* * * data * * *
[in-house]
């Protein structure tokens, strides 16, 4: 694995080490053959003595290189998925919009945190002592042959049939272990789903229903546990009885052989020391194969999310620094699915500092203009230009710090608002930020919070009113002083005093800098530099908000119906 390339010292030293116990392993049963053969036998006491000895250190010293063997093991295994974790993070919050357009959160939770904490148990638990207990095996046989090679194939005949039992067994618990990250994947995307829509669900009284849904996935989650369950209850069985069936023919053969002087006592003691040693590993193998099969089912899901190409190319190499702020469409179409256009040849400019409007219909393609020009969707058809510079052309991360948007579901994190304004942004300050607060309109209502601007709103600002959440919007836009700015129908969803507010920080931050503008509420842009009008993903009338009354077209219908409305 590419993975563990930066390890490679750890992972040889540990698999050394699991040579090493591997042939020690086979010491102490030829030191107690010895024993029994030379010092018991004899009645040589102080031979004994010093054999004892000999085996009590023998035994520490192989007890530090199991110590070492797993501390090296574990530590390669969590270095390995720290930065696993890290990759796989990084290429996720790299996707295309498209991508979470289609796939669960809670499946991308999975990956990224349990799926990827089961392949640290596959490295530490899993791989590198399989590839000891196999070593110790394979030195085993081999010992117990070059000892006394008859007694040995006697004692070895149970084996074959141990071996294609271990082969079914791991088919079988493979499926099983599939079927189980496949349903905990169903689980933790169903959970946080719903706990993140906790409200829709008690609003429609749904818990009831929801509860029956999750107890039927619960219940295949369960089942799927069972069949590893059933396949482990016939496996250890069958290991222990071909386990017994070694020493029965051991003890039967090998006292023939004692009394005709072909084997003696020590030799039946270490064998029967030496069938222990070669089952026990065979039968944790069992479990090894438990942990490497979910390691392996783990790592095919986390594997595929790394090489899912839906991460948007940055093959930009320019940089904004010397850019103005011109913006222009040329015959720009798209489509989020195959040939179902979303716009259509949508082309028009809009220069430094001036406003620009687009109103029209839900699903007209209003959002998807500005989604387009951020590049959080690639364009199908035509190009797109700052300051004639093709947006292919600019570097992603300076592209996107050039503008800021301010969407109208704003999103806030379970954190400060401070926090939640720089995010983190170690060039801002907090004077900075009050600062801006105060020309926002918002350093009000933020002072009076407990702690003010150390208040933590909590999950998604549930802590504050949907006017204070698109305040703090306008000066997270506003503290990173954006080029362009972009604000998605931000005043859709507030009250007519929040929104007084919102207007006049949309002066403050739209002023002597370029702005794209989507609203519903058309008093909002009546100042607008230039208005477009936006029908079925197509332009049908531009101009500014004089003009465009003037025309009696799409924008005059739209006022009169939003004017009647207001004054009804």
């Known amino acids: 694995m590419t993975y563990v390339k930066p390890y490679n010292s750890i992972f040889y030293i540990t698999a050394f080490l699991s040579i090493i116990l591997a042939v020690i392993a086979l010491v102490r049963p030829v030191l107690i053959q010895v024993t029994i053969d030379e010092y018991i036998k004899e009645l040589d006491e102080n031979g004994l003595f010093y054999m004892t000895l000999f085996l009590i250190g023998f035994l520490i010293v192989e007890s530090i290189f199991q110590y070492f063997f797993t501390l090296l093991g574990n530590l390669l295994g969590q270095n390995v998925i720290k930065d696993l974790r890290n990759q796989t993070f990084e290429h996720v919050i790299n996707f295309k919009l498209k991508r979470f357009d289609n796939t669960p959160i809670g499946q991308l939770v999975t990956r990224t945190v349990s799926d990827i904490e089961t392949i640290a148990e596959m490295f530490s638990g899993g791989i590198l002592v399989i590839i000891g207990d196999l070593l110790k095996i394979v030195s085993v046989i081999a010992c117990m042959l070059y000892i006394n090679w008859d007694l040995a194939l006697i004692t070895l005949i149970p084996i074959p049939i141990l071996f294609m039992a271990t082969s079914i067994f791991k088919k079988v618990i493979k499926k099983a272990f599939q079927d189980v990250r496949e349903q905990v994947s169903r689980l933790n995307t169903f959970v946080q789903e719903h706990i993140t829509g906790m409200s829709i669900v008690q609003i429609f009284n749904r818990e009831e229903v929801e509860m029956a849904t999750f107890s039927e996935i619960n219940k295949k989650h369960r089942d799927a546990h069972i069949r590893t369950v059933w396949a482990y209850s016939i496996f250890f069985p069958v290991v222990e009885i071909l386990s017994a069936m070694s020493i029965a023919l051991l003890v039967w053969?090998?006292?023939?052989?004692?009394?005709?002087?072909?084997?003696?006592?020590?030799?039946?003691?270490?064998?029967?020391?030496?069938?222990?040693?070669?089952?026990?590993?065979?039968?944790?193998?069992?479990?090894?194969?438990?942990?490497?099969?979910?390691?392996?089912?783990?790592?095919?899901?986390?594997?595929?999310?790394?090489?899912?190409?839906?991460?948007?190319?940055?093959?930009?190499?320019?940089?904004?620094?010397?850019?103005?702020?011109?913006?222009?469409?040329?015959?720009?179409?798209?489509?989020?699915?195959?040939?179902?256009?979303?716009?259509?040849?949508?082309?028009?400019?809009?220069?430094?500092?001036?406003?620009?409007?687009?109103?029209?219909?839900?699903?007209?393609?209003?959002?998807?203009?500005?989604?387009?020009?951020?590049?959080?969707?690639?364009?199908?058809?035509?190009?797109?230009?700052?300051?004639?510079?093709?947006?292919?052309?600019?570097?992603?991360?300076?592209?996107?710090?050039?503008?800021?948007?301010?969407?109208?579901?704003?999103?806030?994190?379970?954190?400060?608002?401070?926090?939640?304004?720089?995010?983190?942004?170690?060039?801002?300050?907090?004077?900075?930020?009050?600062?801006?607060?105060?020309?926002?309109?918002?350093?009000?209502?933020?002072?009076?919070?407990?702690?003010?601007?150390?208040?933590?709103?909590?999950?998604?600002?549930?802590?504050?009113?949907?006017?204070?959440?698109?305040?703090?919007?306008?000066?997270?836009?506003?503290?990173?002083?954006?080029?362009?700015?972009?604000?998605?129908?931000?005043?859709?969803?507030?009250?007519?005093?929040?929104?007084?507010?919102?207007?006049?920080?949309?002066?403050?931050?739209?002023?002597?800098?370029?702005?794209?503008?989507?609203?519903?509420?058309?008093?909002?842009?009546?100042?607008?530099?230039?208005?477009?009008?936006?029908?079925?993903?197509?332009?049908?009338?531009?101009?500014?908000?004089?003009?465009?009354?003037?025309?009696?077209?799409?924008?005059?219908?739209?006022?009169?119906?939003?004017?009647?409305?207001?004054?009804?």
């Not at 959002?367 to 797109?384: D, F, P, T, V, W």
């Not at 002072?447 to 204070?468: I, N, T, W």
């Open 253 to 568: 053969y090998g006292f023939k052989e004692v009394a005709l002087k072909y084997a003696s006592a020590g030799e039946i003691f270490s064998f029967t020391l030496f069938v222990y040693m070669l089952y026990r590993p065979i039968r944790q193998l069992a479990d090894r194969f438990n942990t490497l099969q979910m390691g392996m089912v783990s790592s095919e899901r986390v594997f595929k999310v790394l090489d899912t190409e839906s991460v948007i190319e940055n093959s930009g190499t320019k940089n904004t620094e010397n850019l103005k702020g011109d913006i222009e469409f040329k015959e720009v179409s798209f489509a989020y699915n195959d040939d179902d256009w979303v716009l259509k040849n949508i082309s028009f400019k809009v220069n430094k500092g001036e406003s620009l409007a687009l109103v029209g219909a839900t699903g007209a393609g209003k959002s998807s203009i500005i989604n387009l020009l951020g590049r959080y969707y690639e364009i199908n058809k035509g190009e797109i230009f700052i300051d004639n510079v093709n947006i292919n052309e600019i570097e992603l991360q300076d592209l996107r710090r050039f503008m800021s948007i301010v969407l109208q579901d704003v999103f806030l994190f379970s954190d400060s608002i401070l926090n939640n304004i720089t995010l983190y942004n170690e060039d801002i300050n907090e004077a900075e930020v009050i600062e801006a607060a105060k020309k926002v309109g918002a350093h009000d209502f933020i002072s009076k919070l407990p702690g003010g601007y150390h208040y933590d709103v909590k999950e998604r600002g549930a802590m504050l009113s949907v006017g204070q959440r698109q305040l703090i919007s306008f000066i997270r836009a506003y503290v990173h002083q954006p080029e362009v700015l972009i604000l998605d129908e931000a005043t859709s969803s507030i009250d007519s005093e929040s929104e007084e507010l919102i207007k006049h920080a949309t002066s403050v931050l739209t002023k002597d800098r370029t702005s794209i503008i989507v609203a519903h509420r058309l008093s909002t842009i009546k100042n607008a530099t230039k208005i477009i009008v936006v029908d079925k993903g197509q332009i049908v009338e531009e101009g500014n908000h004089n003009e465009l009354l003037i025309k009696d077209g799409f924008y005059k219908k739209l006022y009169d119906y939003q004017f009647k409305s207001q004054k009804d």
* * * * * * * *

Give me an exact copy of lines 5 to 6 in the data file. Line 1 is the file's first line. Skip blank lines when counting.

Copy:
């Not at 002072?447 to 204070?468: I, N, T, W």
């Open 253 to 568: 053969y090998g006292f023939k052989e004692v009394a005709l002087k072909y084997a003696s006592a020590g030799e039946i003691f270490s064998f029967t020391l030496f069938v222990y040693m070669l089952y026990r590993p065979i039968r944790q193998l069992a479990d090894r194969f438990n942990t490497l099969q979910m390691g392996m089912v783990s790592s095919e899901r986390v594997f595929k999310v790394l090489d899912t190409e839906s991460v948007i190319e940055n093959s930009g190499t320019k940089n904004t620094e010397n850019l103005k702020g011109d913006i222009e469409f040329k015959e720009v179409s798209f489509a989020y699915n195959d040939d179902d256009w979303v716009l259509k040849n949508i082309s028009f400019k809009v220069n430094k500092g001036e406003s620009l409007a687009l109103v029209g219909a839900t699903g007209a393609g209003k959002s998807s203009i500005i989604n387009l020009l951020g590049r959080y969707y690639e364009i199908n058809k035509g190009e797109i230009f700052i300051d004639n510079v093709n947006i292919n052309e600019i570097e992603l991360q300076d592209l996107r710090r050039f503008m800021s948007i301010v969407l109208q579901d704003v999103f806030l994190f379970s954190d400060s608002i401070l926090n939640n304004i720089t995010l983190y942004n170690e060039d801002i300050n907090e004077a900075e930020v009050i600062e801006a607060a105060k020309k926002v309109g918002a350093h009000d209502f933020i002072s009076k919070l407990p702690g003010g601007y150390h208040y933590d709103v909590k999950e998604r600002g549930a802590m504050l009113s949907v006017g204070q959440r698109q305040l703090i919007s306008f000066i997270r836009a506003y503290v990173h002083q954006p080029e362009v700015l972009i604000l998605d129908e931000a005043t859709s969803s507030i009250d007519s005093e929040s929104e007084e507010l919102i207007k006049h920080a949309t002066s403050v931050l739209t002023k002597d800098r370029t702005s794209i503008i989507v609203a519903h509420r058309l008093s909002t842009i009546k100042n607008a530099t230039k208005i477009i009008v936006v029908d079925k993903g197509q332009i049908v009338e531009e101009g500014n908000h004089n003009e465009l009354l003037i025309k009696d077209g799409f924008y005059k219908k739209l006022y009169d119906y939003q004017f009647k409305s207001q004054k009804d």